Postpartum depression is common, but no longer hidden

About a quarter of new mothers experience postpartum depression.

Andrea Guerra | Flickr

Months after the birth of her son in 1997, Catherine Hunter visited her physician, telling him she felt depressed. She felt anxious, had trouble sleeping at night, felt exhausted during the day, and found herself crying often.

Her doctor's response: "How can you be depressed? Look at you. You are good looking and you have two beautiful children."

Hunter left the doctor's office dismayed, without a plan for treatment or hope for recovery. She didn't know her symptoms pointed to postpartum depression, a debilitating but treatable condition.

The condition is widespread, experts agree, but it's difficult to pinpoint just how prevalent it is.

While the U.S. Department of Health and Human Services says that 13 percent of pregnant women and new mothers experience postpartum depression, experts such as Hunter claim that as many as one in four women suffer from PPD.

Speaking of her doctor, Hunter said: "His lack of knowledge increased my depression because he made me feel ungrateful."

"When women are told that they are not grateful or not happy or healthy, they feel bad," said Hunter, now an expert on the problem that once caused her so much pain. A licensed clinical social worker, she includes postpartum depression among her specialties.

In the past decade, the medical profession has made significant advances in diagnosing postpartum depression - health professionals call it PPD - and taking preventive measures.

While PPD was once a condition not discussed among health-care providers, awareness has grown markedly in the past decade.

"It's been totally de-stigmatized due to families coming forward and talking about it happening in their family," said Nancy Molitor, a clinical psychologist in Wilmette.

Since depression is an hereditary disease, women are routinely screened during pregnancy to evaluate their risk of developing it. Illinois state law now requires the use of the Edinburgh Postnatal Depression Scale, a simple test used to assist primary-care health professionals detect whether mothers are suffering from postpartum depression.

Experts agree that PPD is most often caused by a shift in hormones in a woman's body after childbirth, usually within the first four weeks after delivery. However, specific factors can contribute to postpartum depression, such as the transition into parenthood or unrelated situational stressors, said Chrissy Anderson, staff therapist at the Family Institute.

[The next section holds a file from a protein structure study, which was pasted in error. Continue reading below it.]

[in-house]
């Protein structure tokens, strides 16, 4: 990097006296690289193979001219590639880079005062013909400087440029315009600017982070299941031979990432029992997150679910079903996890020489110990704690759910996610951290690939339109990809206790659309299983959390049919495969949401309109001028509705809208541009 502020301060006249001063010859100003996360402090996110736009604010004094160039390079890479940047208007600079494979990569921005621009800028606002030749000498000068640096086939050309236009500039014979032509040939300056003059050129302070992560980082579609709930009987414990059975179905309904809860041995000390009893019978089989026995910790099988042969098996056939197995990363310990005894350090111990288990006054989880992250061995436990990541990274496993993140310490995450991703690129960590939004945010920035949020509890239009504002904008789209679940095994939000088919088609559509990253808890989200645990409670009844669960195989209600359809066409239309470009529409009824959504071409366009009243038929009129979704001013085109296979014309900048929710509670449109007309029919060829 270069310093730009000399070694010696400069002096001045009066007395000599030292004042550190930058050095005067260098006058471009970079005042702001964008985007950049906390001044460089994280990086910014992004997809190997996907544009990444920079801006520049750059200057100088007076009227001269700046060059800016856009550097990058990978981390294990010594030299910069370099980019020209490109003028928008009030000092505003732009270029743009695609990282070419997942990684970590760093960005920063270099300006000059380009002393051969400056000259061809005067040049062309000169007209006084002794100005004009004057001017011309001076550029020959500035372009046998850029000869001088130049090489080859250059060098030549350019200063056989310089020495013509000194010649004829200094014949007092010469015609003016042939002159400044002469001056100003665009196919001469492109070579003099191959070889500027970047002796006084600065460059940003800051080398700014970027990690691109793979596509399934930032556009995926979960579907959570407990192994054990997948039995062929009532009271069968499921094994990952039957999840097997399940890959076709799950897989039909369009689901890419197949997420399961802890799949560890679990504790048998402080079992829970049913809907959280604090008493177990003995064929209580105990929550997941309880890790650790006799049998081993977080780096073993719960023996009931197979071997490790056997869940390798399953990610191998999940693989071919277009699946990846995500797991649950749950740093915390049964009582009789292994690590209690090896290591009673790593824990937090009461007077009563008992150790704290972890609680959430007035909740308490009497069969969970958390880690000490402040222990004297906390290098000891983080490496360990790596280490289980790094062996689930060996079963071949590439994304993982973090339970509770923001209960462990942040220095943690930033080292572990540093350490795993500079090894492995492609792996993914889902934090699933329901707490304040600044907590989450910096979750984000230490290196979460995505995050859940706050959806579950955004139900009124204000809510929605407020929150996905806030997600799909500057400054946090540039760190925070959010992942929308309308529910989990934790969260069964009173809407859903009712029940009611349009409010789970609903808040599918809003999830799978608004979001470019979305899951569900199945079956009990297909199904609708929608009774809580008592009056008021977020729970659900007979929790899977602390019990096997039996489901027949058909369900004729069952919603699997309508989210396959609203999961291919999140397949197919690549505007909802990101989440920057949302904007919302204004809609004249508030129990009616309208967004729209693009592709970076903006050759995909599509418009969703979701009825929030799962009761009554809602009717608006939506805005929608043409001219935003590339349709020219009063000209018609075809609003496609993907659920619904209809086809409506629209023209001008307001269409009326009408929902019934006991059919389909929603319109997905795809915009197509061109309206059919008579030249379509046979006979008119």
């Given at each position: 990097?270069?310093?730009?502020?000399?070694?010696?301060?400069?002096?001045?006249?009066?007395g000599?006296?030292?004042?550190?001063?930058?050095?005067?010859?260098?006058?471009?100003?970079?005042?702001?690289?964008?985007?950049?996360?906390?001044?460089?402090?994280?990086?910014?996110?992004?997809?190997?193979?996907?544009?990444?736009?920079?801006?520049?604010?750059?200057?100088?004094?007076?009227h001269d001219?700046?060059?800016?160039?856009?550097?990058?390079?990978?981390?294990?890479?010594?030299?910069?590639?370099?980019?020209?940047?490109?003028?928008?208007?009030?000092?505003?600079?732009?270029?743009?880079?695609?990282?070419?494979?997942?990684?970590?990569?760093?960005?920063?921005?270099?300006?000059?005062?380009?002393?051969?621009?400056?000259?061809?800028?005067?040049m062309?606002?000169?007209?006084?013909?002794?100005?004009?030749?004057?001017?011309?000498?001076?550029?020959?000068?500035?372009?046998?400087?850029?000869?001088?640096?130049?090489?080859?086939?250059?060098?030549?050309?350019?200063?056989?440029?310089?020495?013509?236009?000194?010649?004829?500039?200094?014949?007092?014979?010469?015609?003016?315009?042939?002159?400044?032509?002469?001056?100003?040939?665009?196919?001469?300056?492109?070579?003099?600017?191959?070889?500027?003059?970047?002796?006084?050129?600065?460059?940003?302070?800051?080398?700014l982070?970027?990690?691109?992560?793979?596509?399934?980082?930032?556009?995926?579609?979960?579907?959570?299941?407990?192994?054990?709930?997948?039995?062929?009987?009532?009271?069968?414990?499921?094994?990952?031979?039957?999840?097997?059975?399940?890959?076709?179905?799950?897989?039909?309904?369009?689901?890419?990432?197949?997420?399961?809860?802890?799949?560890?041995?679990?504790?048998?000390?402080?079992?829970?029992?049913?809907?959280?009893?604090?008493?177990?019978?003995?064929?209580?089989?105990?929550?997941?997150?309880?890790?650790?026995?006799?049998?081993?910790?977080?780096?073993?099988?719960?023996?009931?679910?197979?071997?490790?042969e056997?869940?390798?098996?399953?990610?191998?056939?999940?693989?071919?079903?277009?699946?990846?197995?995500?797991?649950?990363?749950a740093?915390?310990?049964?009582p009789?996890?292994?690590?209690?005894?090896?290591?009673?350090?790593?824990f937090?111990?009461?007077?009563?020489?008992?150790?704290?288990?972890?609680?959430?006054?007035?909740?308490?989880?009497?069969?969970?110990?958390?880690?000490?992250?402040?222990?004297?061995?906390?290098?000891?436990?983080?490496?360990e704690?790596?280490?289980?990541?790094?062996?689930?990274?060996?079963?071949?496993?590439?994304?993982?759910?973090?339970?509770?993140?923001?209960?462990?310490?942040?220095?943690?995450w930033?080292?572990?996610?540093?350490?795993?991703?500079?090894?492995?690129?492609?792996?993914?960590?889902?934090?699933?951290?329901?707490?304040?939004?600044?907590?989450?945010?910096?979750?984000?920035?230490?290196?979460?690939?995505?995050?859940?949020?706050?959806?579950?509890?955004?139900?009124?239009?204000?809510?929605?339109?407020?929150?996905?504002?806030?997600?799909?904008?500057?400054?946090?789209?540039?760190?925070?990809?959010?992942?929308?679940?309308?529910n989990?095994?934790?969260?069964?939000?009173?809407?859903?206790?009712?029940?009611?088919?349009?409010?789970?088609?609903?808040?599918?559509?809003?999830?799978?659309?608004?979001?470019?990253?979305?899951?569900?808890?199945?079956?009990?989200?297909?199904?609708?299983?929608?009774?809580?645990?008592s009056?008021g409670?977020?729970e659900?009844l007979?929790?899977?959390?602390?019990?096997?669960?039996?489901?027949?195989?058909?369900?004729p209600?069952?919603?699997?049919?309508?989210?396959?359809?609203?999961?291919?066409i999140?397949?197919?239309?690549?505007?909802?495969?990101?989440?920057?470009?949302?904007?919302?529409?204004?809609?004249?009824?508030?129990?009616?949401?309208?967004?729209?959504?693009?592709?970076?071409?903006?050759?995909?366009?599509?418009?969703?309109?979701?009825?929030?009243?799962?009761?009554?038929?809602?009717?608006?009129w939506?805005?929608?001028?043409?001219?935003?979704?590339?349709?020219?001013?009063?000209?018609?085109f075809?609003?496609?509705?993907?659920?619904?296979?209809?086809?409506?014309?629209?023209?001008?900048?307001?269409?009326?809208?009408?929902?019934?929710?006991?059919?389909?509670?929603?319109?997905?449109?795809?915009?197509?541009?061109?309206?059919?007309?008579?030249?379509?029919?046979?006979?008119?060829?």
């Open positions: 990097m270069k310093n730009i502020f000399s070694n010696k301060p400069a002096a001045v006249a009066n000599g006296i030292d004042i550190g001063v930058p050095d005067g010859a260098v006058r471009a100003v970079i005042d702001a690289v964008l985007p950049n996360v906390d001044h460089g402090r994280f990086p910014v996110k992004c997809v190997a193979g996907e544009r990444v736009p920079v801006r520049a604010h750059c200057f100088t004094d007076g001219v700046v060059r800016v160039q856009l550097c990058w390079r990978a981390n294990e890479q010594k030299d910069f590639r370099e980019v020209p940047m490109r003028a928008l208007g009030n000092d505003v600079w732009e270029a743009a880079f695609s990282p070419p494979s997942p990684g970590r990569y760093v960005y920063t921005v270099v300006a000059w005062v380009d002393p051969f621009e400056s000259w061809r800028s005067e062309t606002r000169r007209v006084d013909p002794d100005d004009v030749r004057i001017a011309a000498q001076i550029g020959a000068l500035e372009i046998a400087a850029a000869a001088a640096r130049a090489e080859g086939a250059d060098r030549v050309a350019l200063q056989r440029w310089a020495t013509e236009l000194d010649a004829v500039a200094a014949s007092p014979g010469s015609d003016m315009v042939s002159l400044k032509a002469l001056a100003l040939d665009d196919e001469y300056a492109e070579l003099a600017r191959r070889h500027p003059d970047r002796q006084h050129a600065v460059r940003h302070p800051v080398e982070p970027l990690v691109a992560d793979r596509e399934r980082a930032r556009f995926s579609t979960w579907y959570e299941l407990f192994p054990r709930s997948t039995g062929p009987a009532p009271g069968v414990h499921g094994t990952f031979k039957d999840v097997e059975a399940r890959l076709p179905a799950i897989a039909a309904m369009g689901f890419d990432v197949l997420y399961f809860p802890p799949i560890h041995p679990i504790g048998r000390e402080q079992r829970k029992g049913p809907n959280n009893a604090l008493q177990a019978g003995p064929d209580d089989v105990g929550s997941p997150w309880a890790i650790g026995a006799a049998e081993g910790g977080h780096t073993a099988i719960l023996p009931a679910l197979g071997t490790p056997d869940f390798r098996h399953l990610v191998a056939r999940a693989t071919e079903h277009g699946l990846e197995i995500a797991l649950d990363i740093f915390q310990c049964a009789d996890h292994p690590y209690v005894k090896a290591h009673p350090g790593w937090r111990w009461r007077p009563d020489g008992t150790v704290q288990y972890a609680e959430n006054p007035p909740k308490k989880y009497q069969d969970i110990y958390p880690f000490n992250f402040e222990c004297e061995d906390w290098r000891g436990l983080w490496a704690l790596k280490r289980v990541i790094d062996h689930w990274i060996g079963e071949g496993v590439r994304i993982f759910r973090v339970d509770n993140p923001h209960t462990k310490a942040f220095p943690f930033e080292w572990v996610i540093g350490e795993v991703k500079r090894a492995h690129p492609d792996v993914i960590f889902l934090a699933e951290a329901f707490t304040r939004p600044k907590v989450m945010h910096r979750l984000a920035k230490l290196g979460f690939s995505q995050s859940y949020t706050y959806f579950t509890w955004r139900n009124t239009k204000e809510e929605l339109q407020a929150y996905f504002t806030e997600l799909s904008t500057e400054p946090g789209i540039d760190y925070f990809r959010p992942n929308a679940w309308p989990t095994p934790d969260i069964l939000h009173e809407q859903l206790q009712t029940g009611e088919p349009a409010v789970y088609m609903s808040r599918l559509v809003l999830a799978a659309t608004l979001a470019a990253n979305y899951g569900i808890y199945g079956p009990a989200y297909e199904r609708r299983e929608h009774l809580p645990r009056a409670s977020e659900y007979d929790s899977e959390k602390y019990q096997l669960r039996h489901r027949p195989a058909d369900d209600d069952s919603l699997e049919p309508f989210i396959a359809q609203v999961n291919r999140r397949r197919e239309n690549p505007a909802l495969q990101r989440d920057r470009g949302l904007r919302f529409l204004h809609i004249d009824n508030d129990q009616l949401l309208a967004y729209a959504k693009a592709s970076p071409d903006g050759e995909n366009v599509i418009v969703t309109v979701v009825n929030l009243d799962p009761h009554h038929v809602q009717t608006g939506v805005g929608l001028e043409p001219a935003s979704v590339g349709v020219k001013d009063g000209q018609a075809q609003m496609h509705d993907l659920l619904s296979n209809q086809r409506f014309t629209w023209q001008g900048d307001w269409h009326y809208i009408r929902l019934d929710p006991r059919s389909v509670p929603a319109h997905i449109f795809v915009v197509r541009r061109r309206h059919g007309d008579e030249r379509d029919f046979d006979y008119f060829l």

Hunter says such outside stressors triggered her PPD. She had only experienced minor depressive symptoms and the so-called "baby blues" after the birth of her first child, but was never compelled to seek treatment.

Following the birth of her second child came an onslaught of problems that included the loss of her father, a move into a new house, the death of her dog, and the financial struggles of her husband losing his job. Hunter began to experience a much more severe depression than ever before.

According Anderson, the "baby blues," are experienced by as many as 85 percent of women and are "due in large part to the change in hormones, the sleep deprivation and the magnitude of the transition."

While the symptoms of baby blues can be confused with PPD, baby blues usually go away within one to two weeks after delivery. Baby blues usually begin from three to seven days after a birth, and do not require medical treatment.

Symptoms of PPD can last for months, however, and recovery is often dependent on treatment, such as medication or therapy.

Having a proper support system is the best way to combat the blues, said Anderson. It is important that someone ensures the woman gets enough sleep, cares for the child properly and has someone to talk with in the first few weeks.

After experiencing PPD with the birth of her first child, Laura Spencer underwent therapy and began taking medication. When it came time to have her second child, Spencer, a Chicago-area labor and delivery nurse, felt ready and confident about taking a proactive approach to her condition.

"I felt different, even the day my second daughter was born," said Spencer, "I knew I could talk to people about it if I felt anxious. Also, I knew if I did start to feel bad that I had someone to talk to and I could get help."

Women who have experienced depression prior to pregnancy are at greater risk for postpartum depression, said Anderson.

Women are now, more than ever, getting the care they need while suffering from this illness. Most hospitals offer support groups. In Chicago, The Jennifer Mudd Houghtaling Postpartum Depression Foundation, established in 2004, seeks to educate health-care providers and the public about the symptoms, dangers and treatments for postpartum depression.

"Women need to realize there are options for treatment and support so that they don't feel alone," said Anderson.

"It can also be very isolating if you don't know that other women feel this way. It's important to talk to someone who can normalize the situation and provide some support," said Anderson.

A recent study published in the British Medical Journal expressed concern for the use of antidepressants during pregnancy, linking antidepressant use to increased risk of pulmonary hypertension in infants.

Many experts agree that a woman's decision to continue antidepressant use during pregnancy depends on the severity of the depression.

"Someone with severe depression is usually recommended to stay on it, particularly if they have had postpartum psychosis," said Molitor.

Some medications have been approved by the FDA for use during pregnancy and postpartum period. Before stopping any medication for depression, it is recommended that a woman consult her physician.

 

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